“I left Judy with Carol because I didn’t want her to hear me. I was wondering if you could grab her and Carl a little something for Christmas. Nothing major. I know Rick won’t think of it the way he’s been lately, and it’s just sad to me. They’re still kids, ya know?”
He stands up and shoulders his crossbow, grabbing the broken arrow. “Lil Asskicker's a goddamn baby, girl. She don't know what the fuck we’re sayin’. You coulda brought her out.”
“Well, I don’t wanna risk it. We can’t spoil her very first Christmas, it’s gotta be a surprise.” Her eyes shine and he realizes she’s teasing him.
He snorts. “Uh, what do you reckon she wants?”
Beth’s smile cracks open her face like the rays of the sun finally forcing through the clouds near the end of a rainy day. His rainy day just happened to be thirty-two rainy years. “I think she wants a stuffed animal, or a soft blanket. She’s always touching the soft sweater you brought back for me from the last run when I wear it.”
He nods. “Shouldn’t be a problem. Maybe some comics for Carl?”
Before he knows it, she stands up and slides those skinny arms around him. “Thank you, Daryl!”
He flinches before he can stop himself, but somehow it feels nice. He freezes for too long before he remembers he should do something back. He pats her shoulder twice and lowers his arm again.
This girl’s gonna be the death of him.
He and Michonne take a car out early the next morning. Hershel claims he can tell from his arthritis it’s gonna snow this year, and the first frost is coming soon. He doesn’t see how the hell he knows that, but the man was a farmer. He ain’t gonna argue about the weather with him, especially when he was right during last winter on the run.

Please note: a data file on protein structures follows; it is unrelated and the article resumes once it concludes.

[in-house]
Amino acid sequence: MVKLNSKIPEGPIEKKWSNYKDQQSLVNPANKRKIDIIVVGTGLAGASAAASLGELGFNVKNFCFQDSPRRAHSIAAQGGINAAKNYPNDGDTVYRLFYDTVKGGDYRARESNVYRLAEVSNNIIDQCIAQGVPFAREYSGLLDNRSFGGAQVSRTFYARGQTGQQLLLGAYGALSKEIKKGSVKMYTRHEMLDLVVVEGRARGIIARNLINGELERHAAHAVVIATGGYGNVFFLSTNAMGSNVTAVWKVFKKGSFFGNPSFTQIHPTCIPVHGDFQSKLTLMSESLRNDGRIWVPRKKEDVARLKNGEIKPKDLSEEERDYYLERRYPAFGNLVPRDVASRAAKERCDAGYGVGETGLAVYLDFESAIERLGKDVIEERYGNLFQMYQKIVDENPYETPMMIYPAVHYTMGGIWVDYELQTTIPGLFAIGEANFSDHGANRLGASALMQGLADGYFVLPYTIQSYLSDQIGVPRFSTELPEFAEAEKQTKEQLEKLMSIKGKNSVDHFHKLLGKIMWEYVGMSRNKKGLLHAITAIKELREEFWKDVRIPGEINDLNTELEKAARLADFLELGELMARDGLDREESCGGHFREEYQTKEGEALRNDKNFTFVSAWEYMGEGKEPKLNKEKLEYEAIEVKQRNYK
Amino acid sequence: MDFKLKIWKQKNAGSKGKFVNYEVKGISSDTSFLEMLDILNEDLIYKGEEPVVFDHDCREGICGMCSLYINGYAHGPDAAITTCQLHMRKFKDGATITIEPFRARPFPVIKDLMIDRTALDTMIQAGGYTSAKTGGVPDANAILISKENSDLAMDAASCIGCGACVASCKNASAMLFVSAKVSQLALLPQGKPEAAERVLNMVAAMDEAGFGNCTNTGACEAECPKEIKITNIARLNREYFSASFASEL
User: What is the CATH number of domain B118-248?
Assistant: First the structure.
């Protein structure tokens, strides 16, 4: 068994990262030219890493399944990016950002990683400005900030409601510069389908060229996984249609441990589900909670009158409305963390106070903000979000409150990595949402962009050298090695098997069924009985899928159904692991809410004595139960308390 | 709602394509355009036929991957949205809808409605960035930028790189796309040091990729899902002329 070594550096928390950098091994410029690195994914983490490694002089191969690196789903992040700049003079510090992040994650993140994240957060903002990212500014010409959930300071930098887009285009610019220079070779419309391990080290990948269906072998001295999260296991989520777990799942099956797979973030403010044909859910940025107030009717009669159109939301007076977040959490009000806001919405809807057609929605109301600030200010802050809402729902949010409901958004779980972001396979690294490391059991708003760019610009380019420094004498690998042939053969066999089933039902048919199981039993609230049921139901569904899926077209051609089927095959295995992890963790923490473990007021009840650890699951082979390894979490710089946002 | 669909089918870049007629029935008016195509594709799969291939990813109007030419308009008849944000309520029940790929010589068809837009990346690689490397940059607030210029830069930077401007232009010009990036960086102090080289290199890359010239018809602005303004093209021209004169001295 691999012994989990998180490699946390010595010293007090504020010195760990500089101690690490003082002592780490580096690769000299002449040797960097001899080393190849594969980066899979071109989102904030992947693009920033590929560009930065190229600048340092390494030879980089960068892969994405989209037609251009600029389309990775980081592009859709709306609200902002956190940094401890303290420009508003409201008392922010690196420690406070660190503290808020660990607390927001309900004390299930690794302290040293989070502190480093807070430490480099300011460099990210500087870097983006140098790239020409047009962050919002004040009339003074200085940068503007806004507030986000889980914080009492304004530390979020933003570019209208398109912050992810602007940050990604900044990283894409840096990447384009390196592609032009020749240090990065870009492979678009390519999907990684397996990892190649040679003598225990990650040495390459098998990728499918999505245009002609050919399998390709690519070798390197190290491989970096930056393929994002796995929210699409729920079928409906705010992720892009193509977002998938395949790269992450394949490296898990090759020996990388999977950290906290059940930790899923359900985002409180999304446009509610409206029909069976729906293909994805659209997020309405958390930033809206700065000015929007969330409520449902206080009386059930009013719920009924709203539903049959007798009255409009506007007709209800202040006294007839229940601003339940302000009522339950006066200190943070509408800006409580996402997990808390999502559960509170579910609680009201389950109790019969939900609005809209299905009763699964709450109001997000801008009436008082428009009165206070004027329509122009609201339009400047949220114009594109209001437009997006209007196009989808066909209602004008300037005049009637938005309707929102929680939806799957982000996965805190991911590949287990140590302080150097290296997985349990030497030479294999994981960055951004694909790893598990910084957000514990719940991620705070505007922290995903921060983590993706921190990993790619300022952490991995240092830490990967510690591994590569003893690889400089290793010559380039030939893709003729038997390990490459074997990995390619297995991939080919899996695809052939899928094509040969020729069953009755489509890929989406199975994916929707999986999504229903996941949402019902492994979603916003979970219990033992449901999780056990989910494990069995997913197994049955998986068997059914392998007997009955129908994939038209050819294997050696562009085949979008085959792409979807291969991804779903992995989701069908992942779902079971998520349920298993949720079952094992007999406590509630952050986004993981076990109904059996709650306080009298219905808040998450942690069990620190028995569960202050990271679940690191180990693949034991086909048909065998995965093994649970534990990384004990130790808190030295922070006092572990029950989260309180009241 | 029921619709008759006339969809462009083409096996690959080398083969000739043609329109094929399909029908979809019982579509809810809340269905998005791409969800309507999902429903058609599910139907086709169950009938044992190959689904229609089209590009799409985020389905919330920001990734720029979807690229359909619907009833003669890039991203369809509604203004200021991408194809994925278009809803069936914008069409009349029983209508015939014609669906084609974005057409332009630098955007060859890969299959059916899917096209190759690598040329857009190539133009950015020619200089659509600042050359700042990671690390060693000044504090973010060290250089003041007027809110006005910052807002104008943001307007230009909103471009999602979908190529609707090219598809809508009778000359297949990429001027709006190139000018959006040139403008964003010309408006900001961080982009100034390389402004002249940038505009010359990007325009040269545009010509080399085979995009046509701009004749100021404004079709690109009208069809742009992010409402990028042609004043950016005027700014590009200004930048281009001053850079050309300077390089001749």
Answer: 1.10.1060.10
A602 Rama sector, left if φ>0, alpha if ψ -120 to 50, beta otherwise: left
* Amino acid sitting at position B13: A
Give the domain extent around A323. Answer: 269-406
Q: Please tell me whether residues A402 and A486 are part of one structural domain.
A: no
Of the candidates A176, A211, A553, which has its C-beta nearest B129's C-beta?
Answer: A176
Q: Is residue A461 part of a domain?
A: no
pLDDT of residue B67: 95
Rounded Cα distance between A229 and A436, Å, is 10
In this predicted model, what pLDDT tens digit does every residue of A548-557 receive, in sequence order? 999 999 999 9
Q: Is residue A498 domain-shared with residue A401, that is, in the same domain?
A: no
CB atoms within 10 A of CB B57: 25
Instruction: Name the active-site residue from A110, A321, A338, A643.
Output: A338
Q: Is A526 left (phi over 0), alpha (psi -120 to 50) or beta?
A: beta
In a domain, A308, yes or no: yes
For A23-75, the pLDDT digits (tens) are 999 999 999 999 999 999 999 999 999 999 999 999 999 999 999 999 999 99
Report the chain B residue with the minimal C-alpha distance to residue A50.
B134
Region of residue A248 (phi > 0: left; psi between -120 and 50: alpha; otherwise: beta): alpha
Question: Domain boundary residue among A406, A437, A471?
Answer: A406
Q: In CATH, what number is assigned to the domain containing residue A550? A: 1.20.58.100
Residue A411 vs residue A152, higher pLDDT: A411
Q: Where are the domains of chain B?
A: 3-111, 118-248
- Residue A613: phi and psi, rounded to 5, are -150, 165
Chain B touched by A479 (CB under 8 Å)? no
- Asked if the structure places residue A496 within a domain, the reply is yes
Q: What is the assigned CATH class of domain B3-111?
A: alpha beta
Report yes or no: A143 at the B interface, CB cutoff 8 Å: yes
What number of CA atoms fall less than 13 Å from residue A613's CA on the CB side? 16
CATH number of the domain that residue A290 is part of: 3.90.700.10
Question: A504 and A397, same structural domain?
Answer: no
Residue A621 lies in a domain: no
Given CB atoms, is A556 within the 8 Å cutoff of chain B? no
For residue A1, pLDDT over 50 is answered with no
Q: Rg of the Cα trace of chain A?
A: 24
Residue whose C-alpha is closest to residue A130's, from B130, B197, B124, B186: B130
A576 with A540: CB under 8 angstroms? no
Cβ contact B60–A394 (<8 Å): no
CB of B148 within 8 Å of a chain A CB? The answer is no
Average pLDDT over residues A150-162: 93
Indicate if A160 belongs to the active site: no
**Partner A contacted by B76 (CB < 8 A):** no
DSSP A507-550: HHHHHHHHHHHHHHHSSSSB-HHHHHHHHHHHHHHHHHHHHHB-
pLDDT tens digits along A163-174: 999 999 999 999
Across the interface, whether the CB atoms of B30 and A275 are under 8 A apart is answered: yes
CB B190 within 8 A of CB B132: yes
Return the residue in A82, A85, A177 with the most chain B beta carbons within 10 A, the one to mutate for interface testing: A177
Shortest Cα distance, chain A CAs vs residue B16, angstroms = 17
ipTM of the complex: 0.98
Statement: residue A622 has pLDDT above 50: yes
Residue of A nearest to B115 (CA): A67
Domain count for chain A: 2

They’re looking for any canned food they can find, since the Woodbury folks are putting a strain on them. They’re also after warmer clothes and extra blankets, because the cellblocks have gotten pretty drafty, especially at night.
He likes going out with Michonne more than anyone because she doesn’t talk unless she has something worth saying.
They get to a Dollar General that seems to be pretty much in the middle of nowhere and clear it easily. Nothing but two walker cashiers. One gets an arrow through her eye; the other meets Michonne’s katana.
He splits off from her, mumbles an excuse about wanting to check out the back. He doesn’t want to see that knowing smile when she sees the kind of stuff he’s lookin’ at. He still feels like a dumbass for bringing Beth back that sweater on the last run, but she’s up with Lil Asskicker throughout the night, trying to keep her away from the others so they can sleep through her cries. It gets chilly in the prison. Besides, something about something about that creamy color reminded him of her shiny blonde hair and that porcelain skin. He was right, it looks good on her. Looks like her.
He’d been sitting with Michonne in the prison kitchen, slurping soup and looking at a map with her to plan where to check next when Beth had come up wearing the sweater he’d grabbed on the run. Michonne smirked at him and raised her eyebrows when she saw it on Beth. He refused to make eye contact, but then Beth came over to them thankin’ him about how thoughtful it was and how she was so much warmer last night when she’d had to get up with Judy. Michonne kicked him under the table and he wanted to fucking die right there. He barely choked out a response. Swore he’d never do shit like that again, and yet here he is. Doing shit like that again.
He finds a stuffed duck even softer than that sweater, and it’s a pretty yellow that reminds him of Beth. He grabs a pink fuzzy baby blanket and a little baby rattle for good measure in case the Lil Asskicker don’t like the other gifts.
Of course, the world ended in damn July so he can’t find any candy canes. He does find a bag of round candy peppermints, some of which have gotten a little crushed by debris. He finds an old Hershey bar too and figures Carl will like that.